Donaghadee cemetery: Mother sinks into mud at baby's grave
A mother has described her "horrendous" experience of sinking in mud at her baby son's grave due to a suspected drainage problem at the cemetery.
Michelle Marshall was tending the grave at Ballyvester Cemetery in Donaghadee, County Down, on New Year's Eve when her legs got stuck in wet sand and mud.
She was pulled out of the mud by her sister and a passer-by, but said her shoes were left "buried with my son".
Ards and North Down Borough Council has apologised to Ms Marshall.
She said she had repeatedly complained to the council which maintains the cemetery.
"You can't imagine what it feels like to go to your baby son's grave to be faced with this on his birthday. I am completely broken-hearted," she wrote on Facebook.
She told BBC News NI that she had considered exhuming her son's remains from the graveyard because of the problems.
However, after highlighting the issue on social media, she said council staff got in contact and she is now hopeful that the issue will be resolved.
Ms Marshall, from Millisle, County Down, said her infant son was buried in the plot 12 years ago and the grave has always been a "sludgy mess" due to what she believes is poor drainage.
She explained that the problem had been exacerbated by the recent digging of a new grave in the next plot, for a burial that took place on Boxing Day.
However, Ms Marshall insists that the flooding problem has been ongoing for years.
She claimed she has been "up to her shins" in mud at the site on previous occasions, and has photographic evidence, but the situation on New Year's Eve was unprecedented.
Ms Marshall gave birth to her son, Bailey, prematurely on 31 December 2005 and he died from an infection 33 days later.
He was buried at Ballyvester Cemetery in 2006 and the family have had repeated problems accessing his grave due to flooding.
On Sunday, Ms Marshall tried to place flowers and balloons on the grave - to mark what would have been Bailey's 12th birthday - when she began sinking into a mixture of wet sand and mud.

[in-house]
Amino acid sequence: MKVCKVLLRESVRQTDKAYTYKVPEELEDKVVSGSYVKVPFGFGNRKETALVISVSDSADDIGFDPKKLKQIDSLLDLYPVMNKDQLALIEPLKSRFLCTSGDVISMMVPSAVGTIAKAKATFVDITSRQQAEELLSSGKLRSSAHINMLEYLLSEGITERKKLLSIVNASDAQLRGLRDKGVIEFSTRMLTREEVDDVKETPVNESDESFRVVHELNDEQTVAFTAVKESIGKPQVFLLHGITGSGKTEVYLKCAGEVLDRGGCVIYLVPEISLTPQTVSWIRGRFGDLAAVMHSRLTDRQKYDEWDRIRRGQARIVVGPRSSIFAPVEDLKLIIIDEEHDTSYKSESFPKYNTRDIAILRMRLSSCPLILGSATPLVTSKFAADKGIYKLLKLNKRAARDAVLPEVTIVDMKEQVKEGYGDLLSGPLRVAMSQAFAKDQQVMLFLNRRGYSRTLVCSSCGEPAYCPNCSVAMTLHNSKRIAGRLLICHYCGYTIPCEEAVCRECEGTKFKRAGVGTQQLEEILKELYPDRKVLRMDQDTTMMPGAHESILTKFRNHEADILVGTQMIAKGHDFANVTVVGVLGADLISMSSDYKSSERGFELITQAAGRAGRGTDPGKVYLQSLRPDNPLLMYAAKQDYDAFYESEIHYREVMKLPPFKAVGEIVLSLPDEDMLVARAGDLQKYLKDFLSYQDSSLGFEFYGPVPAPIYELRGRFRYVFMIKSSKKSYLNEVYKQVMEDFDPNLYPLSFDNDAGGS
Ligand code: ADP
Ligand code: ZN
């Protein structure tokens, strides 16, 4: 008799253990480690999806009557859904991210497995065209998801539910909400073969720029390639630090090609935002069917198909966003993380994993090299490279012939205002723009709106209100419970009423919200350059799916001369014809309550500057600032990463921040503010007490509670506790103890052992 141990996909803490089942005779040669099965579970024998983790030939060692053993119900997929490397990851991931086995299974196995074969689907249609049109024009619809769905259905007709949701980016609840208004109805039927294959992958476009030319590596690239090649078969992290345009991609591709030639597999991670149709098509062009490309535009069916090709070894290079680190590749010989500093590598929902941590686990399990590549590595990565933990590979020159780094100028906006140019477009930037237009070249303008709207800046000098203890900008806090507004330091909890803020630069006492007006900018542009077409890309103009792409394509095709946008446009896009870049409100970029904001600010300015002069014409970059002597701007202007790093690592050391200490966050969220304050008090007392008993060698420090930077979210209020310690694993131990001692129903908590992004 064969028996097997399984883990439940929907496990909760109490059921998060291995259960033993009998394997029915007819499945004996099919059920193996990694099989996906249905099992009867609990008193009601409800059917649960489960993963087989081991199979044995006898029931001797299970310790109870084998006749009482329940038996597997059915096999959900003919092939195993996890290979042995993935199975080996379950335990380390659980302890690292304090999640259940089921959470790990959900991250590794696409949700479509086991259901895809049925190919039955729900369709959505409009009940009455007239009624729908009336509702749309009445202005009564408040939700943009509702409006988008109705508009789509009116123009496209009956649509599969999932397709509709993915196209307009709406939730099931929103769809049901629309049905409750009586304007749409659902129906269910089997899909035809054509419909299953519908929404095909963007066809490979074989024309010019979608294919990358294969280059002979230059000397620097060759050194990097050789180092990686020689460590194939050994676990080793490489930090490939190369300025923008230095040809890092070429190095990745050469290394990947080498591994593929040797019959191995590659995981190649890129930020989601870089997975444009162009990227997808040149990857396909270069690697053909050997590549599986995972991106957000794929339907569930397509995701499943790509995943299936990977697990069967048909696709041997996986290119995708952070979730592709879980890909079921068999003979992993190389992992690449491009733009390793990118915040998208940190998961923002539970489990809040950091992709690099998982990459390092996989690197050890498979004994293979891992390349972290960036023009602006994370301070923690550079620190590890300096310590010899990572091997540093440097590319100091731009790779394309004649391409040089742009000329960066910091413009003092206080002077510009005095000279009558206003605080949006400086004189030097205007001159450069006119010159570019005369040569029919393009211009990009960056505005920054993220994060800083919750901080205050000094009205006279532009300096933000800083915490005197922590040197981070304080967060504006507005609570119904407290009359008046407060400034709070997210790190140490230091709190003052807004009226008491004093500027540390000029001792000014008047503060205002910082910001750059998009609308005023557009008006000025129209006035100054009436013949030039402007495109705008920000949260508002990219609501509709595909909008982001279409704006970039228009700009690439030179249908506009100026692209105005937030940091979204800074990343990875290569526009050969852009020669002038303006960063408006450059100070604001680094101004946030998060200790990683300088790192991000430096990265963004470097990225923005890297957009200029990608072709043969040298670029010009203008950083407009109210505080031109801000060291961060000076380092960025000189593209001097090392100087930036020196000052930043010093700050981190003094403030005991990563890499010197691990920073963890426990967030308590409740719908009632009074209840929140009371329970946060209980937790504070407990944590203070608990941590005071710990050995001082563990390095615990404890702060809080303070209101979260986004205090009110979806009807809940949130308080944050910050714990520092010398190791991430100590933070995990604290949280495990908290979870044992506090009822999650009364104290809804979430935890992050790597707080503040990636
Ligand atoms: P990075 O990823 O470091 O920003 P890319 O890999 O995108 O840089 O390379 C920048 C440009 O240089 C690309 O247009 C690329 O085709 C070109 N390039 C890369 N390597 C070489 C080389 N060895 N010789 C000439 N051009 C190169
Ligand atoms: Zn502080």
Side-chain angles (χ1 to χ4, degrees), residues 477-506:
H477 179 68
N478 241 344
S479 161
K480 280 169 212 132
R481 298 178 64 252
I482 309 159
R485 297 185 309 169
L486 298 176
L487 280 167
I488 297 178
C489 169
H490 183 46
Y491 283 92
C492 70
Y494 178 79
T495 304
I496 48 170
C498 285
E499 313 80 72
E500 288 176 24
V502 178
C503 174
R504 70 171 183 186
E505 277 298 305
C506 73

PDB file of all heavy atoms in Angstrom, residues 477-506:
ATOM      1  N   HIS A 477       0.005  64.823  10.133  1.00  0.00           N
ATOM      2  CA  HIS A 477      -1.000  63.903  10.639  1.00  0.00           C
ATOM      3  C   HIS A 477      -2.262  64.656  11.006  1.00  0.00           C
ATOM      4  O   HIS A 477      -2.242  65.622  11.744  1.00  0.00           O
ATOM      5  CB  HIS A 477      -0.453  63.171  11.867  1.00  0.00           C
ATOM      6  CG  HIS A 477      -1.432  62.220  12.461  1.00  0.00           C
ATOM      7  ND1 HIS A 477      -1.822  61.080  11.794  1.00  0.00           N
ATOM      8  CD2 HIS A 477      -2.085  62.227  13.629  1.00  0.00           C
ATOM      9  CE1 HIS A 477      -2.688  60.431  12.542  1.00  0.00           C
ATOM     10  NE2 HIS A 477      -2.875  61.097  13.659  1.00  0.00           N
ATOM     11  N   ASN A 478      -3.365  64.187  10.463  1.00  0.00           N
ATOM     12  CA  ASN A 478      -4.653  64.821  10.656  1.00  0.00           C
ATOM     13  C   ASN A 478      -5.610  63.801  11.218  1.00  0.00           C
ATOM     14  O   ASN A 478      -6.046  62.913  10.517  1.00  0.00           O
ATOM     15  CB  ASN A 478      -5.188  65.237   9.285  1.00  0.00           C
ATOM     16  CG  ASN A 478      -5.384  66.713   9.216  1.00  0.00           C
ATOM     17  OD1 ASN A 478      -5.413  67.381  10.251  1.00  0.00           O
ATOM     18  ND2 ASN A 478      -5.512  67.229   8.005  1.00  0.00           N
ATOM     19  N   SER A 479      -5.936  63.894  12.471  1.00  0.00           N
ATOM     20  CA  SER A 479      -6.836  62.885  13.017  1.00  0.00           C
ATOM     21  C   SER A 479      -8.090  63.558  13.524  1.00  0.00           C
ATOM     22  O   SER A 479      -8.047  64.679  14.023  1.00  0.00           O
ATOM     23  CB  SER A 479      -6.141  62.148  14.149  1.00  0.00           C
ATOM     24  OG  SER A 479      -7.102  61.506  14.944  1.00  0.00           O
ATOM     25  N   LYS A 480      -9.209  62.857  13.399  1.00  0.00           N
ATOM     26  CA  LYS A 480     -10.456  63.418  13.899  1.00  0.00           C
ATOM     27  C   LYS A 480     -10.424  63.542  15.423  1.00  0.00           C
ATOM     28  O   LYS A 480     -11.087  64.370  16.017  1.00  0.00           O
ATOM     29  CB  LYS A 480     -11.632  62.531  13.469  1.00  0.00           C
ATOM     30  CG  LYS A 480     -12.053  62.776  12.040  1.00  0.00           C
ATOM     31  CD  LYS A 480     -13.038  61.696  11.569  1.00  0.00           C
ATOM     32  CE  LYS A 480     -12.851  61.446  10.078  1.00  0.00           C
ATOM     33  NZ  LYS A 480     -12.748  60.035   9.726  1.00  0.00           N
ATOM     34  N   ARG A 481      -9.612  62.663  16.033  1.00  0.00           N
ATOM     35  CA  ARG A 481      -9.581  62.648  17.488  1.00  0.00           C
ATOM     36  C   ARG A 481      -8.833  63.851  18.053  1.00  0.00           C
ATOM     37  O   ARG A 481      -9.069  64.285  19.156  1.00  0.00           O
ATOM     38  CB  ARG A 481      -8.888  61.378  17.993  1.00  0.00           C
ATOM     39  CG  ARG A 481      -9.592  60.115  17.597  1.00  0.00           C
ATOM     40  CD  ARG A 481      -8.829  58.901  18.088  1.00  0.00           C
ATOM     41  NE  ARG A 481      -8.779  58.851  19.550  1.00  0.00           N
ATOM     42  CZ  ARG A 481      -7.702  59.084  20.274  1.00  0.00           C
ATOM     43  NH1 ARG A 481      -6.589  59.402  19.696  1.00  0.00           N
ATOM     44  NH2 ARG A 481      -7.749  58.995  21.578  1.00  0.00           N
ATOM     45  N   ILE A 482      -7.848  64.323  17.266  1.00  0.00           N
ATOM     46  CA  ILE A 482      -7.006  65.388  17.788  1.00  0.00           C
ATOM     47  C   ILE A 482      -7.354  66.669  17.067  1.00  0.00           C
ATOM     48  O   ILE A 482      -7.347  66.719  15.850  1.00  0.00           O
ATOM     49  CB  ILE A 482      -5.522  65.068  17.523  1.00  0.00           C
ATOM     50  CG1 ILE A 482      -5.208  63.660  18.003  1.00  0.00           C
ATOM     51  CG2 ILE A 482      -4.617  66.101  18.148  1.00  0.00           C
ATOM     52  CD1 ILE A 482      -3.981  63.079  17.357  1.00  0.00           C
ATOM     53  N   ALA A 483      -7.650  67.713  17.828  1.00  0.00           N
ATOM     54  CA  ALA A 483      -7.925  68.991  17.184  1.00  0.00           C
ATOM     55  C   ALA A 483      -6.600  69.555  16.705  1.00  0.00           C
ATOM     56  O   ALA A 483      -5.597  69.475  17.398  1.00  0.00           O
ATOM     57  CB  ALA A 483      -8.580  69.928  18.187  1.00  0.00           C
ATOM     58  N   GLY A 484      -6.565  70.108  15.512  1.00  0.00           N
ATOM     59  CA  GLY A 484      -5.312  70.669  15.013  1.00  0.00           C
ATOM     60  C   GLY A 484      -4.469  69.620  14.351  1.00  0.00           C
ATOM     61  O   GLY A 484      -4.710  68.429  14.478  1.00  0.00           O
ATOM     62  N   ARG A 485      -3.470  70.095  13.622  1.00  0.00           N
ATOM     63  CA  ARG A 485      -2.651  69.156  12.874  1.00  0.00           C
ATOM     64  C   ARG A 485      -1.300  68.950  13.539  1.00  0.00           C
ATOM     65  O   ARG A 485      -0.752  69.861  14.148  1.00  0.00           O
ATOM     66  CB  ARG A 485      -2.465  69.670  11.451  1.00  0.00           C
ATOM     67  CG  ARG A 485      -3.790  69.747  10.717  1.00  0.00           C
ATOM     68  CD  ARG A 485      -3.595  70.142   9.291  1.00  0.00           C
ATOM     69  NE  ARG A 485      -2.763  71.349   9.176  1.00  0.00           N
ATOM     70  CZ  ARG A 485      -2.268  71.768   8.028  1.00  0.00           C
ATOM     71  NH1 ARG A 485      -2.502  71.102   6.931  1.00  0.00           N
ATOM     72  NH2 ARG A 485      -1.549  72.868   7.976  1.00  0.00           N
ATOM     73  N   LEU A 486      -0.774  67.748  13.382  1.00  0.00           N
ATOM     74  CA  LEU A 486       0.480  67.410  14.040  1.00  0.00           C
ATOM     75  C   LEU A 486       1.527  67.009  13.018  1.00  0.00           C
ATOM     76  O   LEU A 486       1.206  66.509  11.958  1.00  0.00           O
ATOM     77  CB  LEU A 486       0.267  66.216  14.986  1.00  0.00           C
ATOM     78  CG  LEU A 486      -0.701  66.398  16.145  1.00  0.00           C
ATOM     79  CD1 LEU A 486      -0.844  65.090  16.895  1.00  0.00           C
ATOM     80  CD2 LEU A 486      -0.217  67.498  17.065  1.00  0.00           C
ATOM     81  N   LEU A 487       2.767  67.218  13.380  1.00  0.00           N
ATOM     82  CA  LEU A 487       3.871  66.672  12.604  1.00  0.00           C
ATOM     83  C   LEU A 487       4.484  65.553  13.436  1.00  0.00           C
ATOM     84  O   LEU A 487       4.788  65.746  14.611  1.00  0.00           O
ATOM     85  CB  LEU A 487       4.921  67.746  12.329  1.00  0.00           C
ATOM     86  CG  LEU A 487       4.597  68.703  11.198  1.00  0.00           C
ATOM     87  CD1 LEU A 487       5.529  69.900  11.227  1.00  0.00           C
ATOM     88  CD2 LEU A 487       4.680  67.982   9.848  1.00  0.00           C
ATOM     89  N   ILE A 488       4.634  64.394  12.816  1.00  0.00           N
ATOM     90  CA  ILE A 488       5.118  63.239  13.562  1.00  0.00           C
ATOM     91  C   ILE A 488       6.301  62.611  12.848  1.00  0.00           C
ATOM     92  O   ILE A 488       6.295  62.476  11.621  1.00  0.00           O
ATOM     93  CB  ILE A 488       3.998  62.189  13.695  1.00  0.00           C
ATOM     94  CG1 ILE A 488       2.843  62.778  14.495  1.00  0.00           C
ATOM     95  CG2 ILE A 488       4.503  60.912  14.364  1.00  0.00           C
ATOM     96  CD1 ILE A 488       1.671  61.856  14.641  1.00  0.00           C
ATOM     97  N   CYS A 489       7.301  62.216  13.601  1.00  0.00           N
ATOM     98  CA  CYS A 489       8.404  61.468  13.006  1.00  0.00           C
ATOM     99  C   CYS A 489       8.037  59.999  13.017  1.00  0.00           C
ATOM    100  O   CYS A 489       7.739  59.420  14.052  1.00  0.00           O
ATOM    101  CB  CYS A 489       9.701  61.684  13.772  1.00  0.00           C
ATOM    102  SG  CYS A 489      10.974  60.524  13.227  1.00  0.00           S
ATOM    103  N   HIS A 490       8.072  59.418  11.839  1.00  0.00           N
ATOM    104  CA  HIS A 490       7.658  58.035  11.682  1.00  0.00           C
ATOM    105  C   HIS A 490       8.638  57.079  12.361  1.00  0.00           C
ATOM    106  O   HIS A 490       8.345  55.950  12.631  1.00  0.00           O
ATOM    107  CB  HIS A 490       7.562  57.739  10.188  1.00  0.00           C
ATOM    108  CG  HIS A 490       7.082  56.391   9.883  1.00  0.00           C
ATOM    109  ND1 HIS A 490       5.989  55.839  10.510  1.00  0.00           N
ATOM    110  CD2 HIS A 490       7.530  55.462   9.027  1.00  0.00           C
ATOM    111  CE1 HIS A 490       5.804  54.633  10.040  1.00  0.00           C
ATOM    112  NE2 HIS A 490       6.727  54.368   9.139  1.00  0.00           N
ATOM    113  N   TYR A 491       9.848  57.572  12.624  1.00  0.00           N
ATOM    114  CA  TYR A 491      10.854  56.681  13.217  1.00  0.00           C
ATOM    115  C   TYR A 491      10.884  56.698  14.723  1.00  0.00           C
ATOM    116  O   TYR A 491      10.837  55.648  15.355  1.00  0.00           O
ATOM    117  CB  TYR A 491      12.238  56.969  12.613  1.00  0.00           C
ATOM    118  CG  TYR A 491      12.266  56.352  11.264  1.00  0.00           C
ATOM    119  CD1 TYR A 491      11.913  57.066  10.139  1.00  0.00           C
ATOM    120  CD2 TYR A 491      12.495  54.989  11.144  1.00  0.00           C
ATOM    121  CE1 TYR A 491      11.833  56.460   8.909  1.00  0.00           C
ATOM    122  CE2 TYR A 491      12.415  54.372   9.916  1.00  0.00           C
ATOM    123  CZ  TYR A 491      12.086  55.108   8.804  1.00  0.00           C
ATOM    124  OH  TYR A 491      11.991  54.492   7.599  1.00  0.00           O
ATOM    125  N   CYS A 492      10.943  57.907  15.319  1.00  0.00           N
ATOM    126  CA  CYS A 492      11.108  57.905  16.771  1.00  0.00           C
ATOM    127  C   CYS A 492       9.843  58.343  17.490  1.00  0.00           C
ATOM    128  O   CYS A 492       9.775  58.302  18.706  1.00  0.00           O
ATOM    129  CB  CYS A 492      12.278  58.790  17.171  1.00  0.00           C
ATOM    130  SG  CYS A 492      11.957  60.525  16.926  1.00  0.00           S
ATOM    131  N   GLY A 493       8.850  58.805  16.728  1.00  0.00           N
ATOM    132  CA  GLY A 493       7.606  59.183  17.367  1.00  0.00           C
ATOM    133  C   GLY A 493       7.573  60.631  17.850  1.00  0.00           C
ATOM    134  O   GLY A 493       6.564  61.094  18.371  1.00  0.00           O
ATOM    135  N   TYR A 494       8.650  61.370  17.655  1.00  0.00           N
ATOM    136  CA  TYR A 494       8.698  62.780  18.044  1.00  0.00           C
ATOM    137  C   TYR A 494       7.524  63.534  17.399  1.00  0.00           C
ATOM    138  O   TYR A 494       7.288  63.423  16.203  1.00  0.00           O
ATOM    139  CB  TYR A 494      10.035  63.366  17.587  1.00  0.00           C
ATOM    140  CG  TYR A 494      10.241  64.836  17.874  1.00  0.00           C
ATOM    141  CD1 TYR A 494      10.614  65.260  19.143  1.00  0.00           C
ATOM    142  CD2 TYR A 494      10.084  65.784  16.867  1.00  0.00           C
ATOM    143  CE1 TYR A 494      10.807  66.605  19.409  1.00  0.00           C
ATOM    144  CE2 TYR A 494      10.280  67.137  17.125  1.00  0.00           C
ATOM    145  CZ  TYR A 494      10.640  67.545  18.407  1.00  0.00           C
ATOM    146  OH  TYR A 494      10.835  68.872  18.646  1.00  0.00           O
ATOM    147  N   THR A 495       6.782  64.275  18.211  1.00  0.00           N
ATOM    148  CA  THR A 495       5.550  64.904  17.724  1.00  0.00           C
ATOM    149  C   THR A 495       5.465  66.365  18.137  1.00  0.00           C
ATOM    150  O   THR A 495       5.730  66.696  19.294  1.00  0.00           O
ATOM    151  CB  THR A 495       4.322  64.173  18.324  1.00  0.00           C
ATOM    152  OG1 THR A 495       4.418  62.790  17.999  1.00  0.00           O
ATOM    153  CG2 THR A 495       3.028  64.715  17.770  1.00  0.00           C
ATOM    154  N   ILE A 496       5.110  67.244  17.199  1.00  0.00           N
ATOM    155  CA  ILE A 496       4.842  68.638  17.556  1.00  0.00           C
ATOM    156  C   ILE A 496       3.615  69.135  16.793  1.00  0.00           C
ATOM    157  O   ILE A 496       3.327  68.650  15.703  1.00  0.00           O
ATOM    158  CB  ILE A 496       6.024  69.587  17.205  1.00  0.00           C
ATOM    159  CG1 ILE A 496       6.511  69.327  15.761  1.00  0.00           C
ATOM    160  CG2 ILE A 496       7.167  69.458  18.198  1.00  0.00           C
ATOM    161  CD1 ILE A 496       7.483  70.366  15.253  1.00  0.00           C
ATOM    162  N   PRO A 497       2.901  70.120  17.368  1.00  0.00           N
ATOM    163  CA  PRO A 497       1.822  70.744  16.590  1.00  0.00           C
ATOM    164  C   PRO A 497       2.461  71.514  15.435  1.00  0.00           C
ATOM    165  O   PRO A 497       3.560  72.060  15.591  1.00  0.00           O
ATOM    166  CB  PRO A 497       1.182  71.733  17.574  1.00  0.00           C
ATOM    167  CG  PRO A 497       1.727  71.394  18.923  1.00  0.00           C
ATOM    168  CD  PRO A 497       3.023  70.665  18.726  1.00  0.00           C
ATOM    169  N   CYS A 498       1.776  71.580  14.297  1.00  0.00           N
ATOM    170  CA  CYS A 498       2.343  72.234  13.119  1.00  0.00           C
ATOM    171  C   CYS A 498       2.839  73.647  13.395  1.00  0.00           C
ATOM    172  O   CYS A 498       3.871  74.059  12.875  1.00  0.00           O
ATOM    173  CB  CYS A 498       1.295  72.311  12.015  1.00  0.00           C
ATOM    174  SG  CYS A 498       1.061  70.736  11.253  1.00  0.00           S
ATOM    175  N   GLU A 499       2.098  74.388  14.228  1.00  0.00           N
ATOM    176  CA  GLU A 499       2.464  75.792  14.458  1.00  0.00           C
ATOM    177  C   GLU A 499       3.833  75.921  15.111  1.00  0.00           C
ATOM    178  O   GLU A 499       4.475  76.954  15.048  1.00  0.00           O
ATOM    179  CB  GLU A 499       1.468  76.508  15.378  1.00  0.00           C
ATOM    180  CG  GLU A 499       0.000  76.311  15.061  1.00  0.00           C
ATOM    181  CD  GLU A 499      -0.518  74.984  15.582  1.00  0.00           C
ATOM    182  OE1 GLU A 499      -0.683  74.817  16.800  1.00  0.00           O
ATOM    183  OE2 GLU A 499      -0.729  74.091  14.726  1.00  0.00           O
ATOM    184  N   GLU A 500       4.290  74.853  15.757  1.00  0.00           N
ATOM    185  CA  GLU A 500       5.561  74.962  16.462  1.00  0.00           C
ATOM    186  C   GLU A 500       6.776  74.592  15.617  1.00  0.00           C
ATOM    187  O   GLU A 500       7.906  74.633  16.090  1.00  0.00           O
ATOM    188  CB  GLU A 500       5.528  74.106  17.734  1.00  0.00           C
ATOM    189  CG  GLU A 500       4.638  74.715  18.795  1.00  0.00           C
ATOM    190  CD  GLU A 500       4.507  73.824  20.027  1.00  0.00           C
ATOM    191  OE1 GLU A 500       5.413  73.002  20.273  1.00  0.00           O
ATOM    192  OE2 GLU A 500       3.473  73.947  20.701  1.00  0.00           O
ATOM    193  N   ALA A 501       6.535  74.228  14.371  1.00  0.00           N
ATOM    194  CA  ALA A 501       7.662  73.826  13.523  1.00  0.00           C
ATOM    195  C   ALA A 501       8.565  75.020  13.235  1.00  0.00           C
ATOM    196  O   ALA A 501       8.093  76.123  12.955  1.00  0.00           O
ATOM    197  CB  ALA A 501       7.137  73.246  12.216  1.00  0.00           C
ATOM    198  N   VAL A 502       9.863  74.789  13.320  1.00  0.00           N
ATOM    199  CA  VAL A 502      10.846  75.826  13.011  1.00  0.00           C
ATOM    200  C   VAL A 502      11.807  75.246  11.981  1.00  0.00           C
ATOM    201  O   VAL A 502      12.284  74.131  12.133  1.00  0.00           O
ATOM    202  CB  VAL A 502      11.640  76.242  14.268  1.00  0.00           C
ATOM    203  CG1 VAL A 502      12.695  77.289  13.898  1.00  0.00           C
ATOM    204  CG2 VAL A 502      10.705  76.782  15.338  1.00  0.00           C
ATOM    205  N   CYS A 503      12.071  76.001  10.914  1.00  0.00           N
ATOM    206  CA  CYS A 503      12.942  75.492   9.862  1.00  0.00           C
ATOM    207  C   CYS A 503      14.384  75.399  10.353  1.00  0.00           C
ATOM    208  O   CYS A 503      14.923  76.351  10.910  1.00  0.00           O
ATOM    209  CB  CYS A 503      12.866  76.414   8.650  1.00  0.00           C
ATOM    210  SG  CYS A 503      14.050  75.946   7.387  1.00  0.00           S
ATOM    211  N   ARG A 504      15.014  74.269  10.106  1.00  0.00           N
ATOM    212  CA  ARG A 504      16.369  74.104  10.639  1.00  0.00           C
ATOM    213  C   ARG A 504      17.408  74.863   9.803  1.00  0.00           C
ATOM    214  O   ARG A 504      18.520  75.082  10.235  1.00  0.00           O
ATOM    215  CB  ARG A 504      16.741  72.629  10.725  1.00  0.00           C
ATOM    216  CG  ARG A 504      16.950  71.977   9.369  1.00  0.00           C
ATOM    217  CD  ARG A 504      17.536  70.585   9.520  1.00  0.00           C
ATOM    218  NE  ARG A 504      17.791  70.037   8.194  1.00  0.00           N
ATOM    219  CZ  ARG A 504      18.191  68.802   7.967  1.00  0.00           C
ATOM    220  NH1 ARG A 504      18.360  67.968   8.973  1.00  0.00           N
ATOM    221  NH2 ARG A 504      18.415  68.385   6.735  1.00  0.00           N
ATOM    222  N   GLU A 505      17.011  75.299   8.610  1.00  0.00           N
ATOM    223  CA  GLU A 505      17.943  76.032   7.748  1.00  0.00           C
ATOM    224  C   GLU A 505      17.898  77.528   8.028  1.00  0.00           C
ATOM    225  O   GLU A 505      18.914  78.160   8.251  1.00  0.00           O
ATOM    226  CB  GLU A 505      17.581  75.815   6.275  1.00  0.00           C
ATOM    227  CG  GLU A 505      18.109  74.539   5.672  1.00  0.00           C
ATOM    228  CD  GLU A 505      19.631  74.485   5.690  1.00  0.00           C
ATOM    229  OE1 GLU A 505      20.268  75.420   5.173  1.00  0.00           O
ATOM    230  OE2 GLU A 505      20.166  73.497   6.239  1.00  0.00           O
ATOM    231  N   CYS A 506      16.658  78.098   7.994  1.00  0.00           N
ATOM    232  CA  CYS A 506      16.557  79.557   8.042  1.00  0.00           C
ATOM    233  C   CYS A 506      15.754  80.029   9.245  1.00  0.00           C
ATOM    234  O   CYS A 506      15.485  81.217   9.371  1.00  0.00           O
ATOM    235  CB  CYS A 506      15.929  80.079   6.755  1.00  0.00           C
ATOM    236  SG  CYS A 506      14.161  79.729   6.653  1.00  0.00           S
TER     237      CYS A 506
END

"My sister was holding on to me - it was up to my knees," she said.
"I could hear pockets of air beneath my feet, sucking me down further".
A man who was also visiting the graveyard stepped in and helped to pull her out of the mud.
Plea for help
Distressed and angered by the experience, she took photos and video of her son's grave and posted them on Facebook.
She claimed Ards and North Down Borough Council had agreed to install drainage 18 months ago, but recently sent her a letter saying it was not considered necessary.
"According to our council this only happens when there are extreme weather conditions! I am making this post public in the hope that someone somewhere can help," she wrote on Facebook.
Ms Marshall met council officials at the cemetery on Tuesday.
In a statement, the council apologised to her and her family for the distress they had suffered.
It said there was a significant amount of standing water and temporary ground protection would be installed at the cemetery on Wednesday.
In the longer term, work to install new drains would begin in spring or summer of this year, the statement said.
A meeting between Ards and North Down mayor Robert Adair and Ms Marshall was also arranged.